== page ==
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Magnetic Biohybrid Vesicles Transported by an Internal Propulsion Mechanism

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posted on 08.08.2018, 00:00 by A. Mateos-Maroto, A. Guerrero-Martínez, R. G. Rubio, F. Ortega, F. Martínez-Pedrero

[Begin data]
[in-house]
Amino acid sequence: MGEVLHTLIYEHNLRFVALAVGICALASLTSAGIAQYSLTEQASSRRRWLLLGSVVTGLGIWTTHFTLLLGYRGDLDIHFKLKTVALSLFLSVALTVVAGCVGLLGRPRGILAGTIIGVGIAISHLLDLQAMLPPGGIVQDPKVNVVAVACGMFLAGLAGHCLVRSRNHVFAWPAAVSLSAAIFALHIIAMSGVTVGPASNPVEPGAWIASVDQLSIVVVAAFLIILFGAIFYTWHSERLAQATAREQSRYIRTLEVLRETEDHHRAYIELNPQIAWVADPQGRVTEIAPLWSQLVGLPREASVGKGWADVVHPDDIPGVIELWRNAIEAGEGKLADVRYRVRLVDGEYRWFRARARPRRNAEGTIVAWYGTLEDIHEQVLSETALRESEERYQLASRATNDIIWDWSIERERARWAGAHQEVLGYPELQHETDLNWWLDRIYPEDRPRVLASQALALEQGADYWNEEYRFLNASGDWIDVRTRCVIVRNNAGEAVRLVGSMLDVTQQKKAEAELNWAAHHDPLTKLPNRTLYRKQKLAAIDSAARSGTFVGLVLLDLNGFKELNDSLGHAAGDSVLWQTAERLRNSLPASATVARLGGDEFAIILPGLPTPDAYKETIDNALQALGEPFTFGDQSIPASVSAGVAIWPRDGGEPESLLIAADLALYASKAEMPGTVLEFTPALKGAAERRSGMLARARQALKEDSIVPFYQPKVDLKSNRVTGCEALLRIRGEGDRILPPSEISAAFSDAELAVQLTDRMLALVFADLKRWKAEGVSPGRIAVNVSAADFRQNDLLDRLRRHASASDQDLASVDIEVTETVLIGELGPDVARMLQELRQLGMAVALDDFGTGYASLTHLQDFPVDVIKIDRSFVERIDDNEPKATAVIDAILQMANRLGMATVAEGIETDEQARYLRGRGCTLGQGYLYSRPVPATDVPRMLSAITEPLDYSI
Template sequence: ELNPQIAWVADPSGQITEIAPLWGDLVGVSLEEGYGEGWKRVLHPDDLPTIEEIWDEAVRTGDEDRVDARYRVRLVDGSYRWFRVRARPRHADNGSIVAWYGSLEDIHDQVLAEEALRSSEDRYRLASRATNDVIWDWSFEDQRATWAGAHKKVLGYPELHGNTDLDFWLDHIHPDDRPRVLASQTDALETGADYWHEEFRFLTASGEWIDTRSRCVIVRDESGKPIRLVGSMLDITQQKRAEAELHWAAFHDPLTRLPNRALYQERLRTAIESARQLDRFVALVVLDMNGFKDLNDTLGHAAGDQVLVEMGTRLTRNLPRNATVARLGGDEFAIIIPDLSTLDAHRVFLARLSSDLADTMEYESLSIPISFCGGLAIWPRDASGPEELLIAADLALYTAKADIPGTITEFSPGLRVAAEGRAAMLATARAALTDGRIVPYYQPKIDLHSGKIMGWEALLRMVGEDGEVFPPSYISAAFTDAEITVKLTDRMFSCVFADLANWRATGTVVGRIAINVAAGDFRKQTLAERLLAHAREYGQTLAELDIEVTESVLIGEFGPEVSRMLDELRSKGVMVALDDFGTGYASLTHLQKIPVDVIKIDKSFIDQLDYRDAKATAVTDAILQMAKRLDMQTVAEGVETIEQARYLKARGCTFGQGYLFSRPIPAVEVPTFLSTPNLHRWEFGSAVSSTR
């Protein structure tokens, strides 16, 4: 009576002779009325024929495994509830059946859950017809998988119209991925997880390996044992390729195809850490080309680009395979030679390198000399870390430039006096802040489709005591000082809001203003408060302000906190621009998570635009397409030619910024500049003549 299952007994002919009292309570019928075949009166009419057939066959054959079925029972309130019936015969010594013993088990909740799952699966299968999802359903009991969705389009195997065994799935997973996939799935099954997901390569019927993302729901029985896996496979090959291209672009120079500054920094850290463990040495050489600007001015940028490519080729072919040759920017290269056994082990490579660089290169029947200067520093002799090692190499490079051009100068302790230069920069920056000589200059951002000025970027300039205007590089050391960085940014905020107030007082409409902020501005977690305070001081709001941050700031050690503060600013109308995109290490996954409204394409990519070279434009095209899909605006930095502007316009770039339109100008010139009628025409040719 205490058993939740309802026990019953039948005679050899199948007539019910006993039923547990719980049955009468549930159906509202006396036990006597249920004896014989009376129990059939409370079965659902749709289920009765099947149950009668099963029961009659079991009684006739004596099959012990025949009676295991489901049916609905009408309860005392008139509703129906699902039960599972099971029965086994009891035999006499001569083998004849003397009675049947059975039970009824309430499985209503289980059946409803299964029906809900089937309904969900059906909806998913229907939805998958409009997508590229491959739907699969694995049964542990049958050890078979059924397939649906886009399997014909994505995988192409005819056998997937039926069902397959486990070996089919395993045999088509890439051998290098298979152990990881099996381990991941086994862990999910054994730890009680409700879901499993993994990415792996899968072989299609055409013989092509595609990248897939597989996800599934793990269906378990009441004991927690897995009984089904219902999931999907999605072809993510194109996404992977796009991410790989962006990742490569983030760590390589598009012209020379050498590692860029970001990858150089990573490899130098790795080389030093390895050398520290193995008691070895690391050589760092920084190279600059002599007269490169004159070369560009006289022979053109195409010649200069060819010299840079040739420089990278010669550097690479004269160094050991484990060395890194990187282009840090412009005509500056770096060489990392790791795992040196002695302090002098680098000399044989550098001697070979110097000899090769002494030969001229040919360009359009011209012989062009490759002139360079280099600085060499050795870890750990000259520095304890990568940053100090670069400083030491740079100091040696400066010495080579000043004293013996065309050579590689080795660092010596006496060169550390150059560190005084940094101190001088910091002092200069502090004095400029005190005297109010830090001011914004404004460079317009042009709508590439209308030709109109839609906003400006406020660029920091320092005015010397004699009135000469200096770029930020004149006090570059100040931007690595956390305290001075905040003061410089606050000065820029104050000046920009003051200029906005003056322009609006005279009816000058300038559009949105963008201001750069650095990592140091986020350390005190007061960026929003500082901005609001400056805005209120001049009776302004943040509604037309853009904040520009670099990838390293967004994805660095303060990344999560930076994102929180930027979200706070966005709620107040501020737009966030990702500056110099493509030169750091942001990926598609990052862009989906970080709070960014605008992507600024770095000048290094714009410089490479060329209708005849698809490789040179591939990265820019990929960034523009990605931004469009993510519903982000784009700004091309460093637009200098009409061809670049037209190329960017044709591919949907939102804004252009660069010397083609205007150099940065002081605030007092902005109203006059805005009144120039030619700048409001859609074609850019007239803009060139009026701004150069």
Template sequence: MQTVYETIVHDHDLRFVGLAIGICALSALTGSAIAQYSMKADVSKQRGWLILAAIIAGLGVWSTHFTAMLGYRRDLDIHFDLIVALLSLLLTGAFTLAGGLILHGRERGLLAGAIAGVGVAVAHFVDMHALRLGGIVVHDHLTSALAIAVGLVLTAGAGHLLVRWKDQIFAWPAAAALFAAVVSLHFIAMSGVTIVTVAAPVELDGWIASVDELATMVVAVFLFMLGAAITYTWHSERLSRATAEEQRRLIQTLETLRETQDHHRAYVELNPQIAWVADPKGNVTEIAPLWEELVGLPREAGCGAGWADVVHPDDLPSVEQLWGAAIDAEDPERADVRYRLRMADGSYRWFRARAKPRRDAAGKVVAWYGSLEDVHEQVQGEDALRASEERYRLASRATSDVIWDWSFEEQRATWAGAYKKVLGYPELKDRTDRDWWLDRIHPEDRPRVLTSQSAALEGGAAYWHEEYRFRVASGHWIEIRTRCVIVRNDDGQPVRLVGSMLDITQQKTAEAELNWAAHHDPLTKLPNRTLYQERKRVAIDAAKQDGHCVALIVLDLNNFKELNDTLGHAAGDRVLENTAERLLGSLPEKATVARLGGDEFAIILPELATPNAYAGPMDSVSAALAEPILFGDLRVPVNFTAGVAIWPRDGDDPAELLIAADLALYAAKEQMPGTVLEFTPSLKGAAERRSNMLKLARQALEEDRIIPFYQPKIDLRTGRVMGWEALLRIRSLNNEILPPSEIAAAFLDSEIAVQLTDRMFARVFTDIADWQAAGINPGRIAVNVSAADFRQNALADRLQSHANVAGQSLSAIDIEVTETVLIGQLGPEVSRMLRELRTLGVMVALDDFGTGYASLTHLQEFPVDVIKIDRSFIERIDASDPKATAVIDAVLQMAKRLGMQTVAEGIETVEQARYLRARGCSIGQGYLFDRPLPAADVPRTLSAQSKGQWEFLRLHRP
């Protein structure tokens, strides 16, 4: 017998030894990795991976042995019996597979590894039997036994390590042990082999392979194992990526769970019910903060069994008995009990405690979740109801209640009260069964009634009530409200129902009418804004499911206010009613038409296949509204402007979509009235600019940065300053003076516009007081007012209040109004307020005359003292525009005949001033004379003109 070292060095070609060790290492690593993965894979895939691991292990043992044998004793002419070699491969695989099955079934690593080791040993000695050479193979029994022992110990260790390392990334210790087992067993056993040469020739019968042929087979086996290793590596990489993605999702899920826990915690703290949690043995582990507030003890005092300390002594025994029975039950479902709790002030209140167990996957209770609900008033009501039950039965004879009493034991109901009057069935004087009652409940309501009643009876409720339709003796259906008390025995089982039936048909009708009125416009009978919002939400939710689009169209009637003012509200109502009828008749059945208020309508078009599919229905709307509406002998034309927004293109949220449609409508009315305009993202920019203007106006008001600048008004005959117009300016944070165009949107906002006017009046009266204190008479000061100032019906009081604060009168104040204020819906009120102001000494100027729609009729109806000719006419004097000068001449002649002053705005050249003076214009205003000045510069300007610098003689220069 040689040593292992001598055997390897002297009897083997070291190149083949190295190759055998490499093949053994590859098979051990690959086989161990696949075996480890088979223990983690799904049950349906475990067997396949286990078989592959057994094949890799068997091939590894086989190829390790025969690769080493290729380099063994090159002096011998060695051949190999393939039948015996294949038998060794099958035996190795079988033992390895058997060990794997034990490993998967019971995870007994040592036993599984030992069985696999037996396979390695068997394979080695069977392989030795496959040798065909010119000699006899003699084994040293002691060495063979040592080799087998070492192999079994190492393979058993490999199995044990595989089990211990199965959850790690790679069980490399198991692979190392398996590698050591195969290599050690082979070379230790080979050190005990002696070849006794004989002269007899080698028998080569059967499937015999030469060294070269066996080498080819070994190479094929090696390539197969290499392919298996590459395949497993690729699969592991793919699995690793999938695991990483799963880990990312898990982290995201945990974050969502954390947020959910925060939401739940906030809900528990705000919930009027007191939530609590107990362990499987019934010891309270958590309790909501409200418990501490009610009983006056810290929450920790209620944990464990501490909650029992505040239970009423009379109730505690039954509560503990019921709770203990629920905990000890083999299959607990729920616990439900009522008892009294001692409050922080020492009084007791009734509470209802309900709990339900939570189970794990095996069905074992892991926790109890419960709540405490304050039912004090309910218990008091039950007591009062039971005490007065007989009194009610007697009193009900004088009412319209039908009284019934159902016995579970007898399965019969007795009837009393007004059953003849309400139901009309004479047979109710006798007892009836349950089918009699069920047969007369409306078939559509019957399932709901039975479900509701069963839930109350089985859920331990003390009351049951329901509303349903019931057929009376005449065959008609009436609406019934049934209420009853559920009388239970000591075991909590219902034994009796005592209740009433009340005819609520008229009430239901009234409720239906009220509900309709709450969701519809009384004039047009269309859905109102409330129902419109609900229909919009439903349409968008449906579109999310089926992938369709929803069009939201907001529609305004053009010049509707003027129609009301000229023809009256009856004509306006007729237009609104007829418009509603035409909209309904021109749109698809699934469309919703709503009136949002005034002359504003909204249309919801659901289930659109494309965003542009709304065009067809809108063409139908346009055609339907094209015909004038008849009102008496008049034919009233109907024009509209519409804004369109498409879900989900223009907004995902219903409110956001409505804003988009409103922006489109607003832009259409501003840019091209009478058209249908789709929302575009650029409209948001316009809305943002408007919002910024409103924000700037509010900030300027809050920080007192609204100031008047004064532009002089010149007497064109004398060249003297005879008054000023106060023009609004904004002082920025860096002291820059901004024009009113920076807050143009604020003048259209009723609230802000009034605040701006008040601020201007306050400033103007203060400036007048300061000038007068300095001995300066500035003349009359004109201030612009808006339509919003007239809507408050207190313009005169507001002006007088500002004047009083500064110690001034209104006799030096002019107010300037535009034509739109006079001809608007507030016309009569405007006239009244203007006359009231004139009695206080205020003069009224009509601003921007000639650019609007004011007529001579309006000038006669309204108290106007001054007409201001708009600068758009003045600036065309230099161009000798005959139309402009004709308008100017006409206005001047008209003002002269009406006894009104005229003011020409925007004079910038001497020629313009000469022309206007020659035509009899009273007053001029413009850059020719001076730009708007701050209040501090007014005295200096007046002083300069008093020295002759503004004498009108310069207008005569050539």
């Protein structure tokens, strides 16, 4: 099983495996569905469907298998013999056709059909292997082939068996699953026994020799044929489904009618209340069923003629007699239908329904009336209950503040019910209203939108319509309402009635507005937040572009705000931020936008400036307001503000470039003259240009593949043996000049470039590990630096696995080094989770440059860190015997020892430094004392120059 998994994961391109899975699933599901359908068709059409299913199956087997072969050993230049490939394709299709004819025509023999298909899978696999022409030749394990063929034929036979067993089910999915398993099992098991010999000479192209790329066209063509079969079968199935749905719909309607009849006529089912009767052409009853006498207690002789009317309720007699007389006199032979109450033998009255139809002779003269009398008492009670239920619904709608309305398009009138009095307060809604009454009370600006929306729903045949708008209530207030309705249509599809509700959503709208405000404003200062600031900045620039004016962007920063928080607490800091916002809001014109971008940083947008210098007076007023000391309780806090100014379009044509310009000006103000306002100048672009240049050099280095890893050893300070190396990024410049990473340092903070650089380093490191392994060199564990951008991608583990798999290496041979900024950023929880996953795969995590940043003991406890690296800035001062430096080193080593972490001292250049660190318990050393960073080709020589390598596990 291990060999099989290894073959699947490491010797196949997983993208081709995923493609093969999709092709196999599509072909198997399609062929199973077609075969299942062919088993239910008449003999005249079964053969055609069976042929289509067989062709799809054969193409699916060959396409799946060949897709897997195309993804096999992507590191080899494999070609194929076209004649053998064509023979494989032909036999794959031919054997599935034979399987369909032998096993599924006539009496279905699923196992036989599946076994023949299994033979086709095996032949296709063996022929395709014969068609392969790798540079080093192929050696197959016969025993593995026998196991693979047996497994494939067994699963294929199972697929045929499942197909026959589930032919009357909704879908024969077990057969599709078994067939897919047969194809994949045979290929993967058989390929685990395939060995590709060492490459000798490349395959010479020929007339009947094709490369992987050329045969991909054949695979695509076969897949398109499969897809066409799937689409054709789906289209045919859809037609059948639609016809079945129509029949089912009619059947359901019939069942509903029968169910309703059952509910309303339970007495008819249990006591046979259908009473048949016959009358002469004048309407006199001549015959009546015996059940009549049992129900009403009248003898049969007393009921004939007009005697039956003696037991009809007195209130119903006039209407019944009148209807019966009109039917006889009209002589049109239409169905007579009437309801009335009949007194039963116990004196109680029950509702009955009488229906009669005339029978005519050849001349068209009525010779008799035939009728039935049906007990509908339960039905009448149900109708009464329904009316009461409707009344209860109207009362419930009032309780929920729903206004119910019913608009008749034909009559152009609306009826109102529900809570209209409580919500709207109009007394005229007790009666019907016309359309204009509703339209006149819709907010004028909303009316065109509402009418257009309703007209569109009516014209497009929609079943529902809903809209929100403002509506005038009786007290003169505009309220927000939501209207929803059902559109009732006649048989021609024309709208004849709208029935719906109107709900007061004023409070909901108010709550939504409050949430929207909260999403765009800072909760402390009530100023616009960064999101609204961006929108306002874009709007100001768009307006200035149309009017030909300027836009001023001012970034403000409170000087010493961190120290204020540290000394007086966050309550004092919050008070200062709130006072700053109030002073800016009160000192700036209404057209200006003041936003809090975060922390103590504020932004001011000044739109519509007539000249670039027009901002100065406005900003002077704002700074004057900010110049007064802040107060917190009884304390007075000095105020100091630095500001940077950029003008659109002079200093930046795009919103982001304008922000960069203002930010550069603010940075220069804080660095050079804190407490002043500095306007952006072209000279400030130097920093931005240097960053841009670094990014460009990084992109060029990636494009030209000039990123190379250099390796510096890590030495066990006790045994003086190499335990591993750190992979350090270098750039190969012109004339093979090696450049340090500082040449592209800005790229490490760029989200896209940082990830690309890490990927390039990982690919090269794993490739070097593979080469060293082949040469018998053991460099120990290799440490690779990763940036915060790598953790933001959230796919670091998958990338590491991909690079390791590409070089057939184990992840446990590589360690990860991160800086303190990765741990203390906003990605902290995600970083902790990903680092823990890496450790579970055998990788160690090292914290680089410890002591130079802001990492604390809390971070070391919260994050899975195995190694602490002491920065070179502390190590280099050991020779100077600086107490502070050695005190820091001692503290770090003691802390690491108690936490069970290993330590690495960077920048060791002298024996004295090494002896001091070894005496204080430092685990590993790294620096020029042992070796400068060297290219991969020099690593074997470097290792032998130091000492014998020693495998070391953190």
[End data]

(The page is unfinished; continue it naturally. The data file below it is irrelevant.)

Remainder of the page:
Some biological microorganisms can crawl or swim due to coordinated motions of their cytoskeleton or the flagella located inside their bodies, which push the cells forward through intracellular forces. To date, there is no demonstration of synthetic systems propelling at low Reynolds number via the precise actuation of the material confined within an enclosing lipid membrane. Here, we report lipid vesicles and other more complex self-assembled biohybrid structures able to propel due to the advection flows generated by the actuated rotation of the superparamagnetic particles they contain. The proposed swimming and release strategies, based on cooperative hydrodynamic mechanisms and near-infrared laser pulse-triggered destabilization of the phospholipid membranes, open new possibilities for the on-command transport of minute quantities of drugs, fluid or nano-objects. The lipid membranes protect the confined substances from the outside environment during transportation, thus enabling them to work in physiological conditions.